What happens on Wall Street, doesn’t stay on Wall Street

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Monday, March 16, 2009
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I’ve often pondered what Las Vegas would be like if it were a soundless black-and-white scene. Without the sensory stimulant, I imagine that there would be less inclination to shell out money in the Spartan atmosphere.

The same goes for financial institutions. Imagine a bank unadorned with gilded handrails and polished wood veneer to impress people with the air of professionalism.

They’re really just a Vegas-like facade broadcasting, “Invest your money here; we know what we are doing.” But do they?

Last week, Bernard Madoff pleaded guilty to charges against his notorious ponzi scheme, which will likely be chiseled into the history books as a central theme of the current economic crisis. His role as an insider taking advantage of investors’ confidence for his own benefit has been a recurring story that is stirring an angry public sentiment.

In addition, last Thursday’s “Daily Show” on Comedy Central pitted host Jon Stewart against CNBC’s “Mad Money” host Jim Cramer in what was hyped up to be a funny feud between MBAs and the layman. But what aired was what The New York Times later described as a “cathartic ritual of indignation and castigation” of CNBC, and to a greater extent, Wall Street.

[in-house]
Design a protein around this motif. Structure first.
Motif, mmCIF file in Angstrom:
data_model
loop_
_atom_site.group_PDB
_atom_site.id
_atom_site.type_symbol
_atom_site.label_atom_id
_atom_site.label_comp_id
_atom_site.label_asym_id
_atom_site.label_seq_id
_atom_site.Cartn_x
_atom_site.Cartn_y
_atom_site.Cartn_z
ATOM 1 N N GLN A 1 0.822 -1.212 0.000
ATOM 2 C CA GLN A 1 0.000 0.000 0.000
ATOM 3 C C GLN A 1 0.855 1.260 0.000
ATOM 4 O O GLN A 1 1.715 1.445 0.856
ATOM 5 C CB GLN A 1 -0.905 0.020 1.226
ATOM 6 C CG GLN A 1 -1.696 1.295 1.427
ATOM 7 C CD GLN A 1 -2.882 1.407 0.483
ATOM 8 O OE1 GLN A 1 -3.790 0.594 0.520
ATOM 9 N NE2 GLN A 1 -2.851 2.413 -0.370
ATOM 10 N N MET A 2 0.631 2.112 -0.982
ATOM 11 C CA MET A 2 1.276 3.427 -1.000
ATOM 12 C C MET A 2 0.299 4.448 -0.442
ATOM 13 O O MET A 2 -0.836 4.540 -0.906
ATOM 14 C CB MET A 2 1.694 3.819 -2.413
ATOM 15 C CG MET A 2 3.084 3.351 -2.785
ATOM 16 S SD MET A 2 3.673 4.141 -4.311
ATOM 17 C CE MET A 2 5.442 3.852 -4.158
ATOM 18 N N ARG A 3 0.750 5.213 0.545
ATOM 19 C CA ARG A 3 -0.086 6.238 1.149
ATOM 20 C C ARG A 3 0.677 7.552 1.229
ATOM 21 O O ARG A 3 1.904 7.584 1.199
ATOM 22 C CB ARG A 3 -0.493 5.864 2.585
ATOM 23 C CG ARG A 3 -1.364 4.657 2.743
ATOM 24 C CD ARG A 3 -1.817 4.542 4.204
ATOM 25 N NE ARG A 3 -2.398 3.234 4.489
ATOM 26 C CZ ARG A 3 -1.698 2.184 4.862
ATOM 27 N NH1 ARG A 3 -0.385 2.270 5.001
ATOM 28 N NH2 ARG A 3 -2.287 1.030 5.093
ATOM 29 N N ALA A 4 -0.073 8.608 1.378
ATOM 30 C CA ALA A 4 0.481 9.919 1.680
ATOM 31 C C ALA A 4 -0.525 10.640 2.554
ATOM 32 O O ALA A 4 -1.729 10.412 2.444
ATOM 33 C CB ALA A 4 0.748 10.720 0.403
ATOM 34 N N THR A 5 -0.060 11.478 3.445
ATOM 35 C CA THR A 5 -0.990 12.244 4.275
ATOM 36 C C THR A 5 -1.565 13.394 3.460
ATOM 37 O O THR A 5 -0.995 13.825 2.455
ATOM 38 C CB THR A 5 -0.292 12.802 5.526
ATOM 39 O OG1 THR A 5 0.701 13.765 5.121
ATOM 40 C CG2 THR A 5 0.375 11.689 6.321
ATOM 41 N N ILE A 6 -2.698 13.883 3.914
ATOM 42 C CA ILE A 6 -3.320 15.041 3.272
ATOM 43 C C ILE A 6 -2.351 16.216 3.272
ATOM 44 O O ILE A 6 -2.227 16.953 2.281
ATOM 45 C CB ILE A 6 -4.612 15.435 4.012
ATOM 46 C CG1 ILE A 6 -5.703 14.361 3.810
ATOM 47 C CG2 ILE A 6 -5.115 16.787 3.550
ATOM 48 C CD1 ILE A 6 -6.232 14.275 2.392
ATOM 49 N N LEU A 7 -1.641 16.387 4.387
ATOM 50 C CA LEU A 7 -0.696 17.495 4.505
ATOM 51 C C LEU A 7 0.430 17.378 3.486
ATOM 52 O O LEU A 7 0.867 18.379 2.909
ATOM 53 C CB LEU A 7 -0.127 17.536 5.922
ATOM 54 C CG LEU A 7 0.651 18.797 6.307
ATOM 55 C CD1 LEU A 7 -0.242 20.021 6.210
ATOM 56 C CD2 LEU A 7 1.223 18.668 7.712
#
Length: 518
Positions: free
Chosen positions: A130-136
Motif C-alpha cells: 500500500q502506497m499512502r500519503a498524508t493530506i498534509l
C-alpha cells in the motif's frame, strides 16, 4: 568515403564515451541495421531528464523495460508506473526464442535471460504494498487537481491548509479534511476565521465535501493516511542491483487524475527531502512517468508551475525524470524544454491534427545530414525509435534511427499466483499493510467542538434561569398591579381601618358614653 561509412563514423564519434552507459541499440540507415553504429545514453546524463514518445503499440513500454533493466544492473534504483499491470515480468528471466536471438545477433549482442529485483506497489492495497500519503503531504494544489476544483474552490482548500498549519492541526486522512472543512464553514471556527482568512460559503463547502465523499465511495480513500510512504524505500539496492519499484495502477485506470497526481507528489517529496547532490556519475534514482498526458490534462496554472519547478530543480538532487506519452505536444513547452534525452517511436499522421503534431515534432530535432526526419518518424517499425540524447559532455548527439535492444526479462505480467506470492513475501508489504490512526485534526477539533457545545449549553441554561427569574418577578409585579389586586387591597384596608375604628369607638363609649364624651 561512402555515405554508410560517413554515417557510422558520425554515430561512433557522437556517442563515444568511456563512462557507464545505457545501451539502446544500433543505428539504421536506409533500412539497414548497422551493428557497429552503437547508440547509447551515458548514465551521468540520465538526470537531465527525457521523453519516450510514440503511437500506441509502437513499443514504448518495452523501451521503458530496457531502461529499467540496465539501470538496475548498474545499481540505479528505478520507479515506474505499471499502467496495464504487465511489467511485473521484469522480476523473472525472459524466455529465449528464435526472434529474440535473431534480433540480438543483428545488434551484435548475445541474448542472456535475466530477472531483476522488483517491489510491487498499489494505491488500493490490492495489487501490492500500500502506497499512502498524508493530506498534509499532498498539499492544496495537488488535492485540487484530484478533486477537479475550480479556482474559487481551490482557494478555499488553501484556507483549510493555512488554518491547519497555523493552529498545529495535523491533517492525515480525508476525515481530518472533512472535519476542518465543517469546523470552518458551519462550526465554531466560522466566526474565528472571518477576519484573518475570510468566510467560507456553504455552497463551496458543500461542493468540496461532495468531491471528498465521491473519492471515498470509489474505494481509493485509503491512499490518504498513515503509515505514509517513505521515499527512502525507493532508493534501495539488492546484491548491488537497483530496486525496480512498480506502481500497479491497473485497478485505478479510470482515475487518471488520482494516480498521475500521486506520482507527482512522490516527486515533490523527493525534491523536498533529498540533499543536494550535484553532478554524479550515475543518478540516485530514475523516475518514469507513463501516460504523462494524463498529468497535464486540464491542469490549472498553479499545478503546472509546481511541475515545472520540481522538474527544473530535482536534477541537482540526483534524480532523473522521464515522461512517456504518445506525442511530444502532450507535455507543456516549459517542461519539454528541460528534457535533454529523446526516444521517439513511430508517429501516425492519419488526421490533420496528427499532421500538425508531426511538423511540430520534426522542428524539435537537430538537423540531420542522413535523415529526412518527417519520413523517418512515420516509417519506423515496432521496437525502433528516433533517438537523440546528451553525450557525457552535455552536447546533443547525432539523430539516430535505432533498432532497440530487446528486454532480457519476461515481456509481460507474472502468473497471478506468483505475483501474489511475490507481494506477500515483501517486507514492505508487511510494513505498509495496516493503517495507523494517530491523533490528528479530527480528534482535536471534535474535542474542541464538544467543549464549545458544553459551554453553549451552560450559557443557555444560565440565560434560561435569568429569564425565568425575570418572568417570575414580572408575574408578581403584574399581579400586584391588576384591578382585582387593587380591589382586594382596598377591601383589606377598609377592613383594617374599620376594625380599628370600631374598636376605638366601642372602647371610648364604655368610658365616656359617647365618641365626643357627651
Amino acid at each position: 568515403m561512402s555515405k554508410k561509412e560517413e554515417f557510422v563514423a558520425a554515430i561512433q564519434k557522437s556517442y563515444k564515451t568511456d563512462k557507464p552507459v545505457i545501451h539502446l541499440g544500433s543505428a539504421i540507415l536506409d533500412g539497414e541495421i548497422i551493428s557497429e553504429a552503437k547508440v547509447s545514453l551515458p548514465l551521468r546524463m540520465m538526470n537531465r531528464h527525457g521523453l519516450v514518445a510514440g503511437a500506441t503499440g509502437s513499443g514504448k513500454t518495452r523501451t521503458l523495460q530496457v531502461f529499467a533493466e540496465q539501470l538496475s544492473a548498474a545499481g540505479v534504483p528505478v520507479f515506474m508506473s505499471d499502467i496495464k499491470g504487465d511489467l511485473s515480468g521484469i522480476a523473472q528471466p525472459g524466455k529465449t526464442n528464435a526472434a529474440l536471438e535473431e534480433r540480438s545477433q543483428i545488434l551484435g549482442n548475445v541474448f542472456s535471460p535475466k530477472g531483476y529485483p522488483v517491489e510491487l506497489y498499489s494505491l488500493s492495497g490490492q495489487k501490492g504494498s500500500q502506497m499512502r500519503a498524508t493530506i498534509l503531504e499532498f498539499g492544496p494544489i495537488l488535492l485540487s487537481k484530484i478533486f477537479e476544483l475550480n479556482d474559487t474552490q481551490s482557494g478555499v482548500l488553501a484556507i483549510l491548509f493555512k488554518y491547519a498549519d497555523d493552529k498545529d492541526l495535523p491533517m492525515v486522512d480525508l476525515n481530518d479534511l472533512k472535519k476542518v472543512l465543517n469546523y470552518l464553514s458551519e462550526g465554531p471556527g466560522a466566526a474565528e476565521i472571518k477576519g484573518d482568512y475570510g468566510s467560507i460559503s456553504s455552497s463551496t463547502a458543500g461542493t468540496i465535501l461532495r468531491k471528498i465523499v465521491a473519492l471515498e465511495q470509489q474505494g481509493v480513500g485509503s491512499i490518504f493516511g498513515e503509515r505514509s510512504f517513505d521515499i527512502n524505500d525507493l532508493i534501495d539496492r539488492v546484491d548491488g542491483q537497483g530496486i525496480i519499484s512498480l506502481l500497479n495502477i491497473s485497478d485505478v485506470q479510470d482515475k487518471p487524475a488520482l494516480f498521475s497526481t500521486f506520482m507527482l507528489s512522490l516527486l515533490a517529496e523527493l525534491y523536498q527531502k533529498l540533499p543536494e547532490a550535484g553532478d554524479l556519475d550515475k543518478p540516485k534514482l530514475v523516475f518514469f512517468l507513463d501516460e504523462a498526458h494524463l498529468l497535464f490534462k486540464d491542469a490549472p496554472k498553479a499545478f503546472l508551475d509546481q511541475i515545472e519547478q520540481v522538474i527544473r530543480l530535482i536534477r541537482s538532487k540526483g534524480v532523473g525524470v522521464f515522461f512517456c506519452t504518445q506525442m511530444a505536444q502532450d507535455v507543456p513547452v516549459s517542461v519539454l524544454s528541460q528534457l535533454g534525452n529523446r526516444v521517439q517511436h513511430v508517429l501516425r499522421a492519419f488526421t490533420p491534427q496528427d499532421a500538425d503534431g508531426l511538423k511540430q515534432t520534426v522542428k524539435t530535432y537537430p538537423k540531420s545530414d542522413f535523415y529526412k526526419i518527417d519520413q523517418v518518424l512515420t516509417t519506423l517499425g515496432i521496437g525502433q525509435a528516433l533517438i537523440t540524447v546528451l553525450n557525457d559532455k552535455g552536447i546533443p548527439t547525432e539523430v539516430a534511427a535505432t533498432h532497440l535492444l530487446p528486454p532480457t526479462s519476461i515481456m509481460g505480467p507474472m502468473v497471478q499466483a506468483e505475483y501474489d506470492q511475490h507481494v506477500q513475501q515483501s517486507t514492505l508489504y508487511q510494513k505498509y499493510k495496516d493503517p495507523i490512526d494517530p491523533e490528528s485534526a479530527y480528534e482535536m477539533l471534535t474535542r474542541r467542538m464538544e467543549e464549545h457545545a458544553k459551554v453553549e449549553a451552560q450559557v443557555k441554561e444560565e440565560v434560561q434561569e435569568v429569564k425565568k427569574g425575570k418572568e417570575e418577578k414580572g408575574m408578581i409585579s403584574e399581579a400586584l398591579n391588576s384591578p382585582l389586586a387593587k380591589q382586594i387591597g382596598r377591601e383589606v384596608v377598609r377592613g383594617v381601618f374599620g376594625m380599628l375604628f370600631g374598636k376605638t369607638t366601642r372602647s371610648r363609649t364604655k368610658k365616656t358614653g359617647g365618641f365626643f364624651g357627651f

Stewart’s bold and relentless attacks peaked when he flatly chastised, “I understand you want to make finance entertaining, but it’s not a f--king game.”

And that is where he touched on my central point: It’s Americans who have been treating finance as a game, which many have now lost and are looking for reasons.

Well, I have one reason: Americans substituted the principles of investing for those of gambling.

Wall Street is not the Vegas Strip, so stop placing bets there. I’ve often heard people say that investing is a gamble — sometimes they win and sometimes they lose. The idea, however, is completely wrong, and I want to make it clear to everyone that the two are not the same.

Here’s the distinction: A sport better assesses a team’s statistical odds, analyzes components and maybe goes with a gut instinct that finally comes together in the form of a bet on the outcome.

An investor, on the other hand, assesses a team, analyzes its components and then makes a decision to sponsor its season, thus providing capital the team can use to perform better.

Pensions, futures, 401k, stocks and bonds are all rooted in sound principles of trade, not gambling. As soon as one thinks they’re gambling their capital, they must in turn forfeit the proper right to complain when the value sinks.

Though it’s sad that many people have been blindsided by dubious practices and have seen their savings and investments deteriorate, the rule remains that everyone must perform their due diligence in managing their investments.

Stewart was right for asking when Americans are “going to realize … that our wealth is work?” Investing is not a crapshoot, a slot machine or a horse race; it’s a real-time market with active trading.

Anyone who treats it like a casino with mindless bets or intuition will have house odds.

And today, seeing the executives of failed banks run away with millions, I can’t help but think that the house won.

Reach Andrew at andrew.rowen@asu.edu.